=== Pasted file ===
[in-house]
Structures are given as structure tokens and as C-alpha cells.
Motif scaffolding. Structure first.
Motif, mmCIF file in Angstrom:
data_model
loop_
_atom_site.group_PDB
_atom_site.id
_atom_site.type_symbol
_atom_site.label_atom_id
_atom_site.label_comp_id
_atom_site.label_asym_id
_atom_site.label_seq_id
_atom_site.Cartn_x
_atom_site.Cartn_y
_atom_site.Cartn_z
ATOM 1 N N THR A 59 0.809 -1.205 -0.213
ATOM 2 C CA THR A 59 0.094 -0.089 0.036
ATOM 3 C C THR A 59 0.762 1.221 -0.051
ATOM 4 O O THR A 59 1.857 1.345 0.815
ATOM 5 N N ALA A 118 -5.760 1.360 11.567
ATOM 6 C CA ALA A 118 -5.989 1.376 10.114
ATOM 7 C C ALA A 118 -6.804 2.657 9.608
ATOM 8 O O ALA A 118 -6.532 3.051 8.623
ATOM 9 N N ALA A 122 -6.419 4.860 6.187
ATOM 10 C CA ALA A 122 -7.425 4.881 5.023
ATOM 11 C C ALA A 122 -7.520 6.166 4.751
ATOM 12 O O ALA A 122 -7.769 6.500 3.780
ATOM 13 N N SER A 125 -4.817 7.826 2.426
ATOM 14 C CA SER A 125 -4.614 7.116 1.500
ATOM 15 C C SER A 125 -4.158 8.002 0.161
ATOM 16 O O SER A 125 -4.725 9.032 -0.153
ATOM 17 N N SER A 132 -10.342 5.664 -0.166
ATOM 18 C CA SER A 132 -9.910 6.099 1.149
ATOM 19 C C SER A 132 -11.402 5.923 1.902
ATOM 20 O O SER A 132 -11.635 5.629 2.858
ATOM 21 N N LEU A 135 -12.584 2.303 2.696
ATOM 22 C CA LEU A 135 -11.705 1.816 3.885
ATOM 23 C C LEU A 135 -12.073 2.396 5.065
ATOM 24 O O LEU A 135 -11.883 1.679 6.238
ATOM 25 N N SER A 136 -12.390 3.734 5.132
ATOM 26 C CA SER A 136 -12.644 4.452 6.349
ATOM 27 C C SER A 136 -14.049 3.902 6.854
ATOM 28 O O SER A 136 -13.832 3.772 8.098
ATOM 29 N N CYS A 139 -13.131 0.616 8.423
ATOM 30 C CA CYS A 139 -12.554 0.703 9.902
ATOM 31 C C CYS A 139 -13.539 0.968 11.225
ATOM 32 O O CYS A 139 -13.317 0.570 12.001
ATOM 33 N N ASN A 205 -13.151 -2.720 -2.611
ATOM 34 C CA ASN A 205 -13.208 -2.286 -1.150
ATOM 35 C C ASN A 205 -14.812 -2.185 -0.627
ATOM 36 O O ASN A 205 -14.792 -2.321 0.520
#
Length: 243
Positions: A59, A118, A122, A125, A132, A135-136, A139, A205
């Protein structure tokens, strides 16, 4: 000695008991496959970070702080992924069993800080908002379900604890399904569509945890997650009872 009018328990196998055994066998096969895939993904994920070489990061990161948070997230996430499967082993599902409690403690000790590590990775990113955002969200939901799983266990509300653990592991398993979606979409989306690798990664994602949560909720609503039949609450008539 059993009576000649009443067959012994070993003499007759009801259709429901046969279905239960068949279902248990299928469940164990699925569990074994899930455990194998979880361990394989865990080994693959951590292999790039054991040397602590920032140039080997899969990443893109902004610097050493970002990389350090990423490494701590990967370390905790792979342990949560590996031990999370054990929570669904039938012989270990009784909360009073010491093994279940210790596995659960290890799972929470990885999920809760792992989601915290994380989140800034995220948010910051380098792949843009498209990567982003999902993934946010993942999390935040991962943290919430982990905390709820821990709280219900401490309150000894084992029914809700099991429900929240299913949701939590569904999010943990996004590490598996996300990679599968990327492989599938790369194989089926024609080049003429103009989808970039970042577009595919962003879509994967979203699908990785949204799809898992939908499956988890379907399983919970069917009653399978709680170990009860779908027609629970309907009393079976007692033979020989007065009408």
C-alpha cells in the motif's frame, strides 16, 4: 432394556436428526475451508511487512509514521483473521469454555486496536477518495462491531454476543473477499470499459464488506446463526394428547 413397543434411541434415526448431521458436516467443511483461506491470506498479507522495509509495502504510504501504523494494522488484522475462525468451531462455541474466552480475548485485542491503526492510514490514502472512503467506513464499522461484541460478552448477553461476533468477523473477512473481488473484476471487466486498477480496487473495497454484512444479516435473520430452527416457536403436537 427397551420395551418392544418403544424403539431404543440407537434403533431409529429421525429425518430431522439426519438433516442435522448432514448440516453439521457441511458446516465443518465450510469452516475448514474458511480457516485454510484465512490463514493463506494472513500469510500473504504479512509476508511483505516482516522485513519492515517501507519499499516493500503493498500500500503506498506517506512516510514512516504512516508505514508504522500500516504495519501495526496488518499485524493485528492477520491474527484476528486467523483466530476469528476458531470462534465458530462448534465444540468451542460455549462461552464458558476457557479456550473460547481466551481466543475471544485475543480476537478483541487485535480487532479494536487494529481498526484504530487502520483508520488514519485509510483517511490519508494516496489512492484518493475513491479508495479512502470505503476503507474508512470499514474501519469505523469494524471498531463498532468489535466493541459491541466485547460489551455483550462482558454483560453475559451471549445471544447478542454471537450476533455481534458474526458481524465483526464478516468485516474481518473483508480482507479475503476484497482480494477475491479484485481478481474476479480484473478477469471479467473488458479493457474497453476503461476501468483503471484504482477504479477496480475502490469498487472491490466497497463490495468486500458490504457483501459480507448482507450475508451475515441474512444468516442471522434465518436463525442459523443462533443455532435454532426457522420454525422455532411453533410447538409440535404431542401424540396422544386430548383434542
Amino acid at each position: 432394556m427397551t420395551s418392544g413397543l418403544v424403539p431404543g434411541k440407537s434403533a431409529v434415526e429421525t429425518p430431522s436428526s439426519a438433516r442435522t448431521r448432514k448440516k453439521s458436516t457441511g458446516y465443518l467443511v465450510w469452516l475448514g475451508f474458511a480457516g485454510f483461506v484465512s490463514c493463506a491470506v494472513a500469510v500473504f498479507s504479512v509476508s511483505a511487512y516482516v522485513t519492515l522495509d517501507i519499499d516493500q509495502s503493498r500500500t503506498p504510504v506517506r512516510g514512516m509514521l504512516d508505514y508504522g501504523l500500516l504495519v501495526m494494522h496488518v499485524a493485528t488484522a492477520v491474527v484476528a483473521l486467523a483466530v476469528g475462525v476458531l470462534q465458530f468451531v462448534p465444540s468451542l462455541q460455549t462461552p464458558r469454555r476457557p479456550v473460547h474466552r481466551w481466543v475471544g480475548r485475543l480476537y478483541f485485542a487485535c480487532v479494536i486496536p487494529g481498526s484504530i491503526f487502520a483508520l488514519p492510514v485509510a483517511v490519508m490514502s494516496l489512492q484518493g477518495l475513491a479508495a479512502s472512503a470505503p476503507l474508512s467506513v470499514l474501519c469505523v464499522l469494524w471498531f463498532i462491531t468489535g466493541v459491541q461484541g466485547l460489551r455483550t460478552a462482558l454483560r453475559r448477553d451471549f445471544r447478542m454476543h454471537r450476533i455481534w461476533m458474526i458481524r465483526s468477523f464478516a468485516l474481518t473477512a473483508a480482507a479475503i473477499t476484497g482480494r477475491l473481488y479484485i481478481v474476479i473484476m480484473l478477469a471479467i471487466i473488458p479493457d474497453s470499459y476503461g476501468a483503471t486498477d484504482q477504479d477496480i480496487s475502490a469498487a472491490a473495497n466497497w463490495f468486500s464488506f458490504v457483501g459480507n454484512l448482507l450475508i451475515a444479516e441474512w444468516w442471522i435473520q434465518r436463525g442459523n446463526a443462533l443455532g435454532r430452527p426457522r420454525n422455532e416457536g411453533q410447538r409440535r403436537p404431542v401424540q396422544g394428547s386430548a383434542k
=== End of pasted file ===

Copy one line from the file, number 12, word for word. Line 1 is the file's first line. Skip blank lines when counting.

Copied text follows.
_atom_site.label_asym_id